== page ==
Thursday, April 15, 2010
There are a lot of movies that want to be regarded as edgy and rebellious, but fall squarely into mainstream Hollywood mores. They toy with conventions rather than shattering them. "The Runaways" is a recent, agreeable example.
"Kick-Ass" is something different: A film that is entirely subversive.
This off-the-wall adaptation of an underground comic book about underage superheroes is ultra-violence mixed with laughs, the one segueing into the other and back again. It's "Spider-Man" meets "A Clockwork Orange."
I was disturbed, and entertained, and disturbed by how much I was entertained.
Director Matthew Vaughn lingers lovingly over slo-mo depictions of bullets perforating bodies and fists smashing lips. In one scene, a goon gets the muzzle of a gun pressed inside his mouth, and when it blows out his cheek, the expectation is that the audience will laugh.
And we do.
I should mention that the most heinous blood-letting is perpetrated by an 11-year-old lass who wears a purple wig and mask and calls herself "Hit-Girl." As for the bad guys she's about to blow away and/or carve up, she calls them the f-word, the c-word, and pretty much all the other words little girls aren't supposed to say.
It's a smashmouth performance by young Chloe Moretz, who speaks those naughty epithets with an unpracticed ease, using that dramatic rasp so favored by avengers from Dirty Harry to Batman. Having them come out of this kewpie-doll-sized character's mouth immediately renders all those other iterations utterly ridiculous.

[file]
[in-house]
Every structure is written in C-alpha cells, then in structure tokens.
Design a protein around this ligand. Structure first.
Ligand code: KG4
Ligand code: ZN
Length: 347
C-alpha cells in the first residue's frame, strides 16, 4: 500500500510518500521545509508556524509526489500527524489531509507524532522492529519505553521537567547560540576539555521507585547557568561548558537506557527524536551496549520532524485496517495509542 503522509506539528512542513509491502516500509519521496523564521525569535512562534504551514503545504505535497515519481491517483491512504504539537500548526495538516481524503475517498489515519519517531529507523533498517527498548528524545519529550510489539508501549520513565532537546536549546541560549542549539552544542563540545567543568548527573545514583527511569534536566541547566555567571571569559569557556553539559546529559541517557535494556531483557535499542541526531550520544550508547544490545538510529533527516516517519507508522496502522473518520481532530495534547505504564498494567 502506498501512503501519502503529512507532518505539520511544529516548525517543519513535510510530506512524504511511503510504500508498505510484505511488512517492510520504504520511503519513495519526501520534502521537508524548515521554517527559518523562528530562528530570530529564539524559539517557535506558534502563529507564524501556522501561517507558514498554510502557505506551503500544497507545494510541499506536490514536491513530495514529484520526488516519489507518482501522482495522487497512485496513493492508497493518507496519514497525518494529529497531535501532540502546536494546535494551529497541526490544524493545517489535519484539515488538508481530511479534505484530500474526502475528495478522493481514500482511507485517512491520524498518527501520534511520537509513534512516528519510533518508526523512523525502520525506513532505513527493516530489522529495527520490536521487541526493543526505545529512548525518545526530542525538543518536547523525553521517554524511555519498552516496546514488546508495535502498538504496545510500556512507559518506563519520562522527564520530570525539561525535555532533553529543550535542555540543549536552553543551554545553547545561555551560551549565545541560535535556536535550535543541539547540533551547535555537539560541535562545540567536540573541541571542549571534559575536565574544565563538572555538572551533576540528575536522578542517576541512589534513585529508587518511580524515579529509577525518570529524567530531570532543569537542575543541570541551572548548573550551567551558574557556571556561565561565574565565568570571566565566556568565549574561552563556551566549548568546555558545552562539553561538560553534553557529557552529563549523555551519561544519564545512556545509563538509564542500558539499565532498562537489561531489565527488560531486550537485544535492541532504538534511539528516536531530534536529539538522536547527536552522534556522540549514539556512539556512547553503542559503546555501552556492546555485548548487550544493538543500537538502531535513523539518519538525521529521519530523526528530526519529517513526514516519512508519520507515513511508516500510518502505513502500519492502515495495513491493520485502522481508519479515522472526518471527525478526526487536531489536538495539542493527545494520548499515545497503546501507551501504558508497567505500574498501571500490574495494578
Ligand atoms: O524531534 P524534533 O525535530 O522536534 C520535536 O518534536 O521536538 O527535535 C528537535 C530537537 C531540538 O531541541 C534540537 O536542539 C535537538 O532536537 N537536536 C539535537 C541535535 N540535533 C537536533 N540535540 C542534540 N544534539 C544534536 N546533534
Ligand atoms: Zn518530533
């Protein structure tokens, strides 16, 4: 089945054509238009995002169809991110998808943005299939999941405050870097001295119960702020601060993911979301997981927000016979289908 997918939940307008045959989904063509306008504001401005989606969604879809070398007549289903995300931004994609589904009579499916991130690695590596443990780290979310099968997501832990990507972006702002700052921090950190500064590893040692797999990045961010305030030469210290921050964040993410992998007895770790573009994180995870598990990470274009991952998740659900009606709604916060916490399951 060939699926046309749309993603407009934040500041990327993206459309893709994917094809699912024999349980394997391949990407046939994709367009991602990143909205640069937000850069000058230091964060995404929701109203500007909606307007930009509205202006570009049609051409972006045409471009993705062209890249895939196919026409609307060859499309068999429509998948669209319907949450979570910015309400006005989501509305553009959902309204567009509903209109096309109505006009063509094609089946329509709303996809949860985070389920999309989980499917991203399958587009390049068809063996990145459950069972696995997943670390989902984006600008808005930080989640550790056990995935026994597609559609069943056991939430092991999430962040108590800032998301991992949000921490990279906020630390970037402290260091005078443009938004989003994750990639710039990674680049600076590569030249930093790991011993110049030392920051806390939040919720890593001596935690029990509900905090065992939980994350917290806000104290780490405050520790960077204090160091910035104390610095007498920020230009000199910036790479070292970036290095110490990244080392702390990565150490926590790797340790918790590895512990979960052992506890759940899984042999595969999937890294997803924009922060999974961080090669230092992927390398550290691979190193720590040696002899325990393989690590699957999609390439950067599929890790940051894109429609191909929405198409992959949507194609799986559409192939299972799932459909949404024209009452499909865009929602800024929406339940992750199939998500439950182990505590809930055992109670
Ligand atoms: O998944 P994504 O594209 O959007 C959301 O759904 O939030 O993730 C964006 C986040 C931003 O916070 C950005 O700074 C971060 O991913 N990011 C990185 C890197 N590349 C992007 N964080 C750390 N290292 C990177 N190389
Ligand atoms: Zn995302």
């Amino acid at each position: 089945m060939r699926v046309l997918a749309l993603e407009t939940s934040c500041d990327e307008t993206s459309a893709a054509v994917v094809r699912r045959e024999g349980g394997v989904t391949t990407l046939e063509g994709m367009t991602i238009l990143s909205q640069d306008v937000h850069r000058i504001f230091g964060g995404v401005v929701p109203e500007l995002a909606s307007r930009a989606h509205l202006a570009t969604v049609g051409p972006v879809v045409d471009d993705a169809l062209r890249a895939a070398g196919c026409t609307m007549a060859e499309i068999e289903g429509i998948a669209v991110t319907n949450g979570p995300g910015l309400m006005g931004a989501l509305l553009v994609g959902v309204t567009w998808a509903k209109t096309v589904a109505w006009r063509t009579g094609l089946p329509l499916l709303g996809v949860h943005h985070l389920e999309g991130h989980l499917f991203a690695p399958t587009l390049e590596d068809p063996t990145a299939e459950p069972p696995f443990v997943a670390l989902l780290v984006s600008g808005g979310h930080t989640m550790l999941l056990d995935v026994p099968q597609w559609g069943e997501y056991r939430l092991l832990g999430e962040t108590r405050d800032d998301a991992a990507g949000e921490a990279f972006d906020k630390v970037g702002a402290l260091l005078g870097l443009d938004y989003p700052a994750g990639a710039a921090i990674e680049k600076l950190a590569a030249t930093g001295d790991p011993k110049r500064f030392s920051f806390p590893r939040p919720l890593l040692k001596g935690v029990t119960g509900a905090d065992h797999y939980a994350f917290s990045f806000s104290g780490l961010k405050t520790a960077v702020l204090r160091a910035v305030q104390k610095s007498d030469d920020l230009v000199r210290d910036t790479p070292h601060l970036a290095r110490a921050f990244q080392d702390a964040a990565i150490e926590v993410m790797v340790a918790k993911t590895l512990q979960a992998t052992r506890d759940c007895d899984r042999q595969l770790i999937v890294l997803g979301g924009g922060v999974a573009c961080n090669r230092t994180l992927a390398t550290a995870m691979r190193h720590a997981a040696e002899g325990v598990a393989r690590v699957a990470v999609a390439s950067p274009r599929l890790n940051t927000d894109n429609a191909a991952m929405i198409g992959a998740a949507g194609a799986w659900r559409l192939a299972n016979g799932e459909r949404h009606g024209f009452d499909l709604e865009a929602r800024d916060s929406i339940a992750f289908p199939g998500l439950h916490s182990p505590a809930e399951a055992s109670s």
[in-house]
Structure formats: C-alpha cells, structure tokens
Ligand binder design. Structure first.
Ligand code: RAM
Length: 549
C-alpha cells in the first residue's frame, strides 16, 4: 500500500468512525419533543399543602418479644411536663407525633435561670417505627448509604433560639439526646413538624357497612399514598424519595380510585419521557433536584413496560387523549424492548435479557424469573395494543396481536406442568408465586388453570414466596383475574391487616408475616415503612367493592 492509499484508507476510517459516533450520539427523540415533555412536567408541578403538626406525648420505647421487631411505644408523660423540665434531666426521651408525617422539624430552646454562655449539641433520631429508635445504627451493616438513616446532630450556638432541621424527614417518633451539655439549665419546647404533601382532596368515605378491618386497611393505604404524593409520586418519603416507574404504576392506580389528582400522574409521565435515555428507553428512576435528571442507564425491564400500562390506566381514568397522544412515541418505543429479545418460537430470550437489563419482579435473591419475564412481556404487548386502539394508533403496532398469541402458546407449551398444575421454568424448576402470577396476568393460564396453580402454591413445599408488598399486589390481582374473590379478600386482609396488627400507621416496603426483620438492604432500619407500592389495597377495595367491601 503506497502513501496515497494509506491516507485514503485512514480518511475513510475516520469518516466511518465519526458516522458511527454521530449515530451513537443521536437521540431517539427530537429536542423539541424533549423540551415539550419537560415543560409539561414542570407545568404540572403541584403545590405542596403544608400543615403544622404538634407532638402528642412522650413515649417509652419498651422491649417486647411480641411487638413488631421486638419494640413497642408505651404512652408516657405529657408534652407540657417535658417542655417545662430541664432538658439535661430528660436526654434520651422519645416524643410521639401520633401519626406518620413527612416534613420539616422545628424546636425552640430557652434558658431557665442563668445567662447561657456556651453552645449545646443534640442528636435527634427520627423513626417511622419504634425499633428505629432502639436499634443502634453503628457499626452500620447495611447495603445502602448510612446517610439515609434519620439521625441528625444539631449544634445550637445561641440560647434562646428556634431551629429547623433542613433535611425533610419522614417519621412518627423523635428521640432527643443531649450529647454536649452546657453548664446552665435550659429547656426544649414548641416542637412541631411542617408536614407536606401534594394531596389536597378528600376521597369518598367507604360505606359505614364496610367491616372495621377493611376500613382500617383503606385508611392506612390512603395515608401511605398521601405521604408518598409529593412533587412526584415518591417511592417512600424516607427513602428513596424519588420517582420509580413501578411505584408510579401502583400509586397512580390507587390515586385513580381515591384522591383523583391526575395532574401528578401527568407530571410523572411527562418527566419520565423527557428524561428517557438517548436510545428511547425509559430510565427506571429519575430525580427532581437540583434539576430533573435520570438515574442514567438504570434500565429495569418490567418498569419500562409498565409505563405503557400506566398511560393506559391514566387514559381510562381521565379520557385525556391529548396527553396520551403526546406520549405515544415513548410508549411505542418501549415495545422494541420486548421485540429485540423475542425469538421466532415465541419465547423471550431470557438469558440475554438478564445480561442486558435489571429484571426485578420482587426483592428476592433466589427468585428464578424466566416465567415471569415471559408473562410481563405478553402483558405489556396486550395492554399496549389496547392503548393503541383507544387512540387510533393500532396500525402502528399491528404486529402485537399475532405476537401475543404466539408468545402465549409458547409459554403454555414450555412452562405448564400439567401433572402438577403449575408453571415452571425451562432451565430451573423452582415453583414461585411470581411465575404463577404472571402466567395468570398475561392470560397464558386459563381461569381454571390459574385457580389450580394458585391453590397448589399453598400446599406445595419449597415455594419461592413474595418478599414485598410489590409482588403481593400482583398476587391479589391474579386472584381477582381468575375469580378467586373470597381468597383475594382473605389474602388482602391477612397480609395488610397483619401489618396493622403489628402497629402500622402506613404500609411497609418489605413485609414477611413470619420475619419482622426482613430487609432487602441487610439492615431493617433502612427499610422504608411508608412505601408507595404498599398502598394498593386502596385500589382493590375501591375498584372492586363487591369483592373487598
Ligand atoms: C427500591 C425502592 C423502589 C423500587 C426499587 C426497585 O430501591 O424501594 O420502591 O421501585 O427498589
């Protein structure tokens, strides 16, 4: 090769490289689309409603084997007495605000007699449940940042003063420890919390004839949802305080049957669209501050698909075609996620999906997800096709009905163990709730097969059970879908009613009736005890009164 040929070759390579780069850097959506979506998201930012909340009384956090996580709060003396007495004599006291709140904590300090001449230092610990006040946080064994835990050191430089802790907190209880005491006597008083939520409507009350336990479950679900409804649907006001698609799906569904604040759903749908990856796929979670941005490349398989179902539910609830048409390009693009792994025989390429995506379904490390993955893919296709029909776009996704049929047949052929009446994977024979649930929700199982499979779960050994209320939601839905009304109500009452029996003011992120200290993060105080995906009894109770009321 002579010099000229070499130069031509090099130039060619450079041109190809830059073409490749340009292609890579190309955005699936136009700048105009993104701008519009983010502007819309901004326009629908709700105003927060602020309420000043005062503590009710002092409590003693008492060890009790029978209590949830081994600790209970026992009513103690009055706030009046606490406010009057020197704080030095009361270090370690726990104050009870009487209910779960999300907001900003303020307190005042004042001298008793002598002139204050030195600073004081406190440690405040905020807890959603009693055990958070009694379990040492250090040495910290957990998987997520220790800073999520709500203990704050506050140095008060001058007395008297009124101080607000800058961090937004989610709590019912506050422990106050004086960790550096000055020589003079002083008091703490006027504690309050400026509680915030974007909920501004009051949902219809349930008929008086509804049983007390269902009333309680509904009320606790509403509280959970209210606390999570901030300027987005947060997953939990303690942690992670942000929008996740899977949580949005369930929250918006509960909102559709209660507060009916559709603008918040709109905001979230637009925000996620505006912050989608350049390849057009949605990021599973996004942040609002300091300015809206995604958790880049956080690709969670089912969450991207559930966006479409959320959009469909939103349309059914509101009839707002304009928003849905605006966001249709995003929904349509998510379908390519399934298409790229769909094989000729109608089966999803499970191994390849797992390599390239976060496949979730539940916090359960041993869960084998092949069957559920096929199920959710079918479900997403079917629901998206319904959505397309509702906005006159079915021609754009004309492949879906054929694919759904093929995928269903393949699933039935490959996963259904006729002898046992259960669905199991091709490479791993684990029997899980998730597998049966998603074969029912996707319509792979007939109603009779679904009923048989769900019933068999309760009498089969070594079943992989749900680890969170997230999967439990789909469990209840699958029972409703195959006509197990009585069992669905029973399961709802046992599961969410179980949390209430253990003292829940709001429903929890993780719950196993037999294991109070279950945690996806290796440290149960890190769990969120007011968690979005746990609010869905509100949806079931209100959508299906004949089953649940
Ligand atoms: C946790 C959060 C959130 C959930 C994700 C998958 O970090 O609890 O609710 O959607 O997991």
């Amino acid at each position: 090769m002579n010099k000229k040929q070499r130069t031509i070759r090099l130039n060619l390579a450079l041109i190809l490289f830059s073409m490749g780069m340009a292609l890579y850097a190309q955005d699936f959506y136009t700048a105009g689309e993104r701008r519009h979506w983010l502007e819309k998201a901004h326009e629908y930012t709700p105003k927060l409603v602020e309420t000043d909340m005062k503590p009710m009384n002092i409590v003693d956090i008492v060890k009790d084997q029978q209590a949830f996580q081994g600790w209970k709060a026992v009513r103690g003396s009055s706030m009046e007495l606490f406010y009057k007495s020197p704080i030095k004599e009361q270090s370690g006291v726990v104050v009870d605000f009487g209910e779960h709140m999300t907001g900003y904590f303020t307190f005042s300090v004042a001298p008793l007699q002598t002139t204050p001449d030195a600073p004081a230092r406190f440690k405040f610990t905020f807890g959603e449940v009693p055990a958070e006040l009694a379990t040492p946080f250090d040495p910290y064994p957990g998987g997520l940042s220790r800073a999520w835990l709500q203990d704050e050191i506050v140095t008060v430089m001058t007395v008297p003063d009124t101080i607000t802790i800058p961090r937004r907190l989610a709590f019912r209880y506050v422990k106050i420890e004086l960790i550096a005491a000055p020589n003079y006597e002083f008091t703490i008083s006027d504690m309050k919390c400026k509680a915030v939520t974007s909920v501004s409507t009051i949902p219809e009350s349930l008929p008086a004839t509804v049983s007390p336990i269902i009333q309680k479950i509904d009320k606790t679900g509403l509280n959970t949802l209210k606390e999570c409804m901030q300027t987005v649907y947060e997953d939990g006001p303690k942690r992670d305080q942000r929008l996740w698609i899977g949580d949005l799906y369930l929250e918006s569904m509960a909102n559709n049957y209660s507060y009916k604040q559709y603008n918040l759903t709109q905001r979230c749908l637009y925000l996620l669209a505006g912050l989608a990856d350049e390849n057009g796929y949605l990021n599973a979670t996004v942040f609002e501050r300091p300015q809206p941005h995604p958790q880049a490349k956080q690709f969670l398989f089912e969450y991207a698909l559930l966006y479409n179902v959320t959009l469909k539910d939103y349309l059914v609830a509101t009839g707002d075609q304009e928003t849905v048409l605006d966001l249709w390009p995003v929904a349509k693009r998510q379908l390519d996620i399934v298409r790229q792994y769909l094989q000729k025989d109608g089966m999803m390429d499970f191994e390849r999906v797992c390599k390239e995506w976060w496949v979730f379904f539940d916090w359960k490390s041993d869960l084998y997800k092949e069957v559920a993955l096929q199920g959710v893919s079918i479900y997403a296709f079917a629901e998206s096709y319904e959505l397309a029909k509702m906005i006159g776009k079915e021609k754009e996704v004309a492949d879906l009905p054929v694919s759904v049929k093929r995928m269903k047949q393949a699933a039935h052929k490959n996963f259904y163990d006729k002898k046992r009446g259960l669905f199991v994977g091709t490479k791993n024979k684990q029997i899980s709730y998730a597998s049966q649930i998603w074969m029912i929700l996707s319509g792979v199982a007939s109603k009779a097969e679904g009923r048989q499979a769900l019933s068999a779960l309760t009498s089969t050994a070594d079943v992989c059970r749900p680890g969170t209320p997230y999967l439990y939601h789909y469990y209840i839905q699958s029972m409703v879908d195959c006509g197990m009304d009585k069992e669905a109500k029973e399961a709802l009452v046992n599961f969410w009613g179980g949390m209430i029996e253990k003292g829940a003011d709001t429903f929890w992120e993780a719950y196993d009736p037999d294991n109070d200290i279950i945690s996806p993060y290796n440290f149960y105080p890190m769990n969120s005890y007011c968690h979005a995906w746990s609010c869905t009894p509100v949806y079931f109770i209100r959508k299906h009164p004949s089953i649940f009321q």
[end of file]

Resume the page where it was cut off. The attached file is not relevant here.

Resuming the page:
The star of the movie, at least in name, is the title character. An everyday put-upon nerd who can't get a date or stand up to bullies, Dave Lizewski (Aaron Johnson) finds courage when he dons a green-and-yellow wetsuit and starts carousing around Manhattan, calling himself Kick-Ass and looking for crime to fight.
"Like every serial killer knows, eventually fantasizing doesn't do it anymore," Dave/Kick-Ass narrates about his super-hero longings.
His first outing doesn't go so well, resulting in an extended hospital stay. But eventually his exploits are captured on YouTube and he becomes a sensation, attracting the attention of other super-wannabes.
Chief among them are Hit-Girl and her partner Big Daddy, who dresses like Batman and actually is her daddy, played by Nicolas Cage. Cage, who's a huge comics fan himself and almost played Superman, is delightfully cracked as a man who trains his only child to be a cheerful killing machine. Their target is Frank D'Amico (Mark Strong), the local mob boss with whom they have history.
Also popping up is Red Mist (Christopher Mintz-Plasse), who's even geekier than Lizewski. He wants to be Kick-Ass' sidekick, which seems a little odd since he owns an awesome red Mistmobile and a lot of hardware, while all Kick-Ass seems to have at his disposal is a couple of billy clubs.
The screenplay for "Kick-Ass" was written by Jane Goldman and Vaughn, based on the comic book by Mark Millar and John Romita Jr. I haven't read it, but based on its cover teaser -- "Sickening Violence: Just the Way You Like It!" -- they seem to have nailed the tone spot on.
Fanboys are apt to enter full-on gush mode for the movie's gleeful depictions of brutality. But will a film that doesn't play by the rules gain a mass following? Heaven help us, we can only hope.
3 stars out of four